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Triple J presenter credits TAFE NSW for his success

TAFE NSW St Leonards

Triple J presenter credits TAFE NSW for his success

Tyrone Pynor behind the camera for NITV

Indigenous broadcaster Tyrone Pynor is encouraging young people to follow their passions and pursue their dream career in the creative industries, as broadcast rebounds in the wake of COVID-19.

The broadcasting industry in Australia is in the midst of a post-COVID uptick, with free to air television remaining strong and radio making a solid comeback as a trusted companion medium as city dwellers return to the office.1

Introduced to TAFE NSW at school, Mr Pynor undertook a School Based Traineeship in Business Services whilst working as a teller at a bank. Whilst completing the traineeship, he recognised that vocational training suited him, but that his ultimate passion was to work in the creative industries.

“I realised that my passion lay in creating and when I had made the decision to switch industries it was obvious to me that TAFE NSW would help me get there,” Mr Pynor said.

“I was offered an opportunity to work with SBS, which was very much along the career path I wanted. The role was a tailored traineeship that allowed me to complete a Certificate IV in Screen and Media at TAFE NSW St Leonards whilst working full time in broadcast operations at SBS.”

A strong advocate for vocational education and training, Mr Pynor says school students should take the time to consider what style of learning works for them before making their choice of post-school education. 

“I am a visual learner and loved the practical nature of training at TAFE NSW, so I want to remind young people that there are many pathways to a dream career. Traineeships are great because they offer students the practicality of learning on the job,” Mr Pynor said.

“I work best using my hands and most if not all my classes were so very hands-on. The equipment I was using at TAFE NSW was exactly the same as the equipment being used at SBS so I was able to apply what I learned in class directly to the job.”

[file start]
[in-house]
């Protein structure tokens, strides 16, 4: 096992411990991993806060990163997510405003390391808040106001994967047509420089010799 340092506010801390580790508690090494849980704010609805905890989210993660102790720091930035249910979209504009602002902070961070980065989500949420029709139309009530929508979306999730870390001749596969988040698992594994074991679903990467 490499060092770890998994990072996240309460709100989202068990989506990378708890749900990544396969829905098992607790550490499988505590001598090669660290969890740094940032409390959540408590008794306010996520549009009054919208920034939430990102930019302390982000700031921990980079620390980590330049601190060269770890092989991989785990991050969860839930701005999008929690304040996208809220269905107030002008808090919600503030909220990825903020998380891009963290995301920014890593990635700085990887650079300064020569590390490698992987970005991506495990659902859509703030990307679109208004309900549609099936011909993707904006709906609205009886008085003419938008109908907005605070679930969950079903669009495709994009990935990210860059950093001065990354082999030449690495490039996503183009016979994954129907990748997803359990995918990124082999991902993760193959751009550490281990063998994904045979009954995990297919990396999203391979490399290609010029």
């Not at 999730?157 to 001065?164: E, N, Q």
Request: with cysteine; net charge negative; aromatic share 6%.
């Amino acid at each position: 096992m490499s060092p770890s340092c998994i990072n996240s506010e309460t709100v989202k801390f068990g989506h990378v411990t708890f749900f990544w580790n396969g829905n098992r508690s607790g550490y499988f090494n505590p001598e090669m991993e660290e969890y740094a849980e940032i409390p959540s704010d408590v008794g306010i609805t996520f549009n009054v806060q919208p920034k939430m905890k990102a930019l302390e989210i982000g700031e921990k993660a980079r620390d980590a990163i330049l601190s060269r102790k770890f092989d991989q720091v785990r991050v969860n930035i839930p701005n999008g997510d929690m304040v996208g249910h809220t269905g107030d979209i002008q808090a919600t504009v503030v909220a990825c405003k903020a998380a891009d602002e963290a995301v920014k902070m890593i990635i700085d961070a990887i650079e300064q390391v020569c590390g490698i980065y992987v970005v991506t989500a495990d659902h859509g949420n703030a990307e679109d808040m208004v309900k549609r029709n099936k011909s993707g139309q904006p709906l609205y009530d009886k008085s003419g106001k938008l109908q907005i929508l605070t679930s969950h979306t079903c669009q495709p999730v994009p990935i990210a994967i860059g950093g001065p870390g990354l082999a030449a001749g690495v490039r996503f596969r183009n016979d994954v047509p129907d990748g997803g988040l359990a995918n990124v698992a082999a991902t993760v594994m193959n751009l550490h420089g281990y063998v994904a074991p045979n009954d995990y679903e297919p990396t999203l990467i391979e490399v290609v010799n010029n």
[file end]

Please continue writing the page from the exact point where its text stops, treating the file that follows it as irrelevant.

Team Leader of Media Arts at TAFE NSW Kerry Furlong says now is the perfect time for students to consider a job in the creative industries. 

“The COVID-19 pandemic has paused production in most countries, and they’ve shifted production to Australia. These companies are ramping up Aussie production as fast as they can, and the rapid growth is expected to boom for at least a few more years. Then they’ll stabilise as much larger entities,” Mr Furlong said.

“The Certificate IV in Screen and Media is offered with various specialisations at different locations, including film, television, radio, journalism, social media, animation and visual effects. Each of those has a pathway into higher qualifications and into the jobs students are passionate about.

“We’re proud of the fact that so many of our graduates go on to have great careers in the industry and we have amassed an impressive network of alumni including Tyrone and Triple J’s Music Director Nick Findlay who is also a graduate of TAFE NSW.”

Mr Pynor is now freelancing for SBS and Triple J and says TAFE NSW was pivotal in helping him reach his career goals. 

“I would encourage school leavers to take advantage of their strengths and consider getting their foot in the door with TAFE NSW.

“I am where I am today without a degree, without setting foot in a lecture room and I have been having the time of my life working in my dream career.”

To find out more about the range of study options available at TAFE NSW including Screen and Media courses, visit or call 131 601.

Media contact: Alice Dalley, TAFE NSW Communications Specialist,, mobile 0402 528 210.